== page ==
ABSTRACT: Although a number of recent health promotion interventions targeted at men have recognized the plurality of masculinities and adopted multifaceted approaches, in the main there continues to be a reliance on stereotypes of gendered behaviour that focus on hegemonic masculinities and a 'one-size-fits-all' approach to health care. The present study sought to overcome this limitation.
The present study used a qualitative design, in which data were analysed using framework analysis.
A total of 82 middle-aged and older men, in a socially deprived area of Britain, took part in focus groups about health promotion.
Analysis of focus group transcripts revealed four key themes: (1) that the 'doing' of gender in relation to health must be seen as contingent and in constant flux; (2) that, despite stereotypes of typical behaviour, men were keen to engage with health care services; (3) that men felt there were a number of barriers to help seeking, but generally welcomed the opportunity to discuss their health care needs, and; (4) that they were keen to see the above themes translated into directed advertising and health information for men.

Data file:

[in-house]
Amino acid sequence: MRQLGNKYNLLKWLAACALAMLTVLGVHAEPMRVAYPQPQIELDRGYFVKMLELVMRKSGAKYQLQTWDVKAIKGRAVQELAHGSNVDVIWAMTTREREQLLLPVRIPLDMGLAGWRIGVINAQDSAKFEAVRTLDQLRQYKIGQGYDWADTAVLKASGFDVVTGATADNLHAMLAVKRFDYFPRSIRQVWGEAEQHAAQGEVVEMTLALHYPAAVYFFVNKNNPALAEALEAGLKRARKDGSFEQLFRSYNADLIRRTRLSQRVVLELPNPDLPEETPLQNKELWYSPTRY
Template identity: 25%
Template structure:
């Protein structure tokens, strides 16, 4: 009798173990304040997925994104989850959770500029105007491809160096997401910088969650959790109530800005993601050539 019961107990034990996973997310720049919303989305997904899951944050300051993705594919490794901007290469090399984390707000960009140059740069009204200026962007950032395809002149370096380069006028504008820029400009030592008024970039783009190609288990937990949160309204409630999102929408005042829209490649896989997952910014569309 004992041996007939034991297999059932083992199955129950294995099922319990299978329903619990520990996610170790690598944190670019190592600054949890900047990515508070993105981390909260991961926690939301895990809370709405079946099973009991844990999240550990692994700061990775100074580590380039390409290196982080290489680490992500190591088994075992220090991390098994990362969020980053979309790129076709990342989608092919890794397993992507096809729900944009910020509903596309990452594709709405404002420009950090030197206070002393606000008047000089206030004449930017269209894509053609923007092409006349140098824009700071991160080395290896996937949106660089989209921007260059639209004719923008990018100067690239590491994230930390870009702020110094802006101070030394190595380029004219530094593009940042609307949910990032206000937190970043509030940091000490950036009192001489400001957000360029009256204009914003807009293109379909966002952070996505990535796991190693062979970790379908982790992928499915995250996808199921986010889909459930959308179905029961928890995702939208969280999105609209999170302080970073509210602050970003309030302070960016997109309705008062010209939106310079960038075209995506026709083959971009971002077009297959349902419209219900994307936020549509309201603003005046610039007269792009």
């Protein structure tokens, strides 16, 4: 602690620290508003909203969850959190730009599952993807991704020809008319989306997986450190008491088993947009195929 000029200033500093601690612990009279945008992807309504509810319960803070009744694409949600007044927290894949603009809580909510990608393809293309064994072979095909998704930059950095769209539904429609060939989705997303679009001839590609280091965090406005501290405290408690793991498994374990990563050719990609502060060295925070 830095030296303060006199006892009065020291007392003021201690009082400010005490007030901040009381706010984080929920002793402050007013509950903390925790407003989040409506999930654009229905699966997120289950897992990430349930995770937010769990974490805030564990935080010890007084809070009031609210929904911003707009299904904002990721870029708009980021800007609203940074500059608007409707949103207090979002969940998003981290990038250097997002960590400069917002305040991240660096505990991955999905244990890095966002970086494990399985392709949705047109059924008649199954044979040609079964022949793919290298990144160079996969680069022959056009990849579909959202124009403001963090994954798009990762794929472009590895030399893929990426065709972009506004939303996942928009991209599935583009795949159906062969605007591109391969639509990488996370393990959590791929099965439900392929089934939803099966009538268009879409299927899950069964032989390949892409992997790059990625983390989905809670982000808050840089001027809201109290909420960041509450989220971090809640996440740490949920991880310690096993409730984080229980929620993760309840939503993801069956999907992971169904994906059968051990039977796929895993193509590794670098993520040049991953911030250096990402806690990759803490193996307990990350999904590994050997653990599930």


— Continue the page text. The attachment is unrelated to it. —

These results have practical implications for the way in which health promotion interventions target men, which we discuss in conclusion.
British Journal of Health Psychology 04/2010; 15(Pt 4):921-39. · 2.70 Impact Factor